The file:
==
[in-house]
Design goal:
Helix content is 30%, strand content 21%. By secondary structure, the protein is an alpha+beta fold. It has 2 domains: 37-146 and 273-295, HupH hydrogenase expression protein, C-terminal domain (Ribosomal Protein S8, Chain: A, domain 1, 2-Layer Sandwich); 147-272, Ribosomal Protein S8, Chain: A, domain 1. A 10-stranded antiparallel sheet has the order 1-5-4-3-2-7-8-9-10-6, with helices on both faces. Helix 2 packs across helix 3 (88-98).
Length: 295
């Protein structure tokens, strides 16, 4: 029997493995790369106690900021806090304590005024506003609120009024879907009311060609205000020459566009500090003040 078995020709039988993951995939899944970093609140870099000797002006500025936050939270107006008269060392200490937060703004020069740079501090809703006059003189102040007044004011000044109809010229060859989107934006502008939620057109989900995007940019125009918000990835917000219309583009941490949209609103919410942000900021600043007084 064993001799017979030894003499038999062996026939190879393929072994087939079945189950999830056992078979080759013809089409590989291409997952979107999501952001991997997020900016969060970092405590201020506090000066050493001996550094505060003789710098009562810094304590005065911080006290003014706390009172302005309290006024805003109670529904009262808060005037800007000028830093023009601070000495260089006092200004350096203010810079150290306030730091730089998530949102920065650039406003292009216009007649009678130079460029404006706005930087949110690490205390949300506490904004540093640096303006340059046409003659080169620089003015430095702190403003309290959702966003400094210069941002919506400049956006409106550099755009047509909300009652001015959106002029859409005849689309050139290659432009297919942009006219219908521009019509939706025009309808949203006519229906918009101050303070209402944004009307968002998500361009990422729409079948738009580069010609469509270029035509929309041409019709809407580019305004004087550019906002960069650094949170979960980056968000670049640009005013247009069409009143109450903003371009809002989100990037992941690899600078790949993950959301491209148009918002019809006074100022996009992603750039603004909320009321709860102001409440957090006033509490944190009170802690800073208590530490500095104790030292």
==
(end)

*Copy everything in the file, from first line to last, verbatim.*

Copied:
[in-house]
Design goal:
Helix content is 30%, strand content 21%. By secondary structure, the protein is an alpha+beta fold. It has 2 domains: 37-146 and 273-295, HupH hydrogenase expression protein, C-terminal domain (Ribosomal Protein S8, Chain: A, domain 1, 2-Layer Sandwich); 147-272, Ribosomal Protein S8, Chain: A, domain 1. A 10-stranded antiparallel sheet has the order 1-5-4-3-2-7-8-9-10-6, with helices on both faces. Helix 2 packs across helix 3 (88-98).
Length: 295
């Protein structure tokens, strides 16, 4: 029997493995790369106690900021806090304590005024506003609120009024879907009311060609205000020459566009500090003040 078995020709039988993951995939899944970093609140870099000797002006500025936050939270107006008269060392200490937060703004020069740079501090809703006059003189102040007044004011000044109809010229060859989107934006502008939620057109989900995007940019125009918000990835917000219309583009941490949209609103919410942000900021600043007084 064993001799017979030894003499038999062996026939190879393929072994087939079945189950999830056992078979080759013809089409590989291409997952979107999501952001991997997020900016969060970092405590201020506090000066050493001996550094505060003789710098009562810094304590005065911080006290003014706390009172302005309290006024805003109670529904009262808060005037800007000028830093023009601070000495260089006092200004350096203010810079150290306030730091730089998530949102920065650039406003292009216009007649009678130079460029404006706005930087949110690490205390949300506490904004540093640096303006340059046409003659080169620089003015430095702190403003309290959702966003400094210069941002919506400049956006409106550099755009047509909300009652001015959106002029859409005849689309050139290659432009297919942009006219219908521009019509939706025009309808949203006519229906918009101050303070209402944004009307968002998500361009990422729409079948738009580069010609469509270029035509929309041409019709809407580019305004004087550019906002960069650094949170979960980056968000670049640009005013247009069409009143109450903003371009809002989100990037992941690899600078790949993950959301491209148009918002019809006074100022996009992603750039603004909320009321709860102001409440957090006033509490944190009170802690800073208590530490500095104790030292």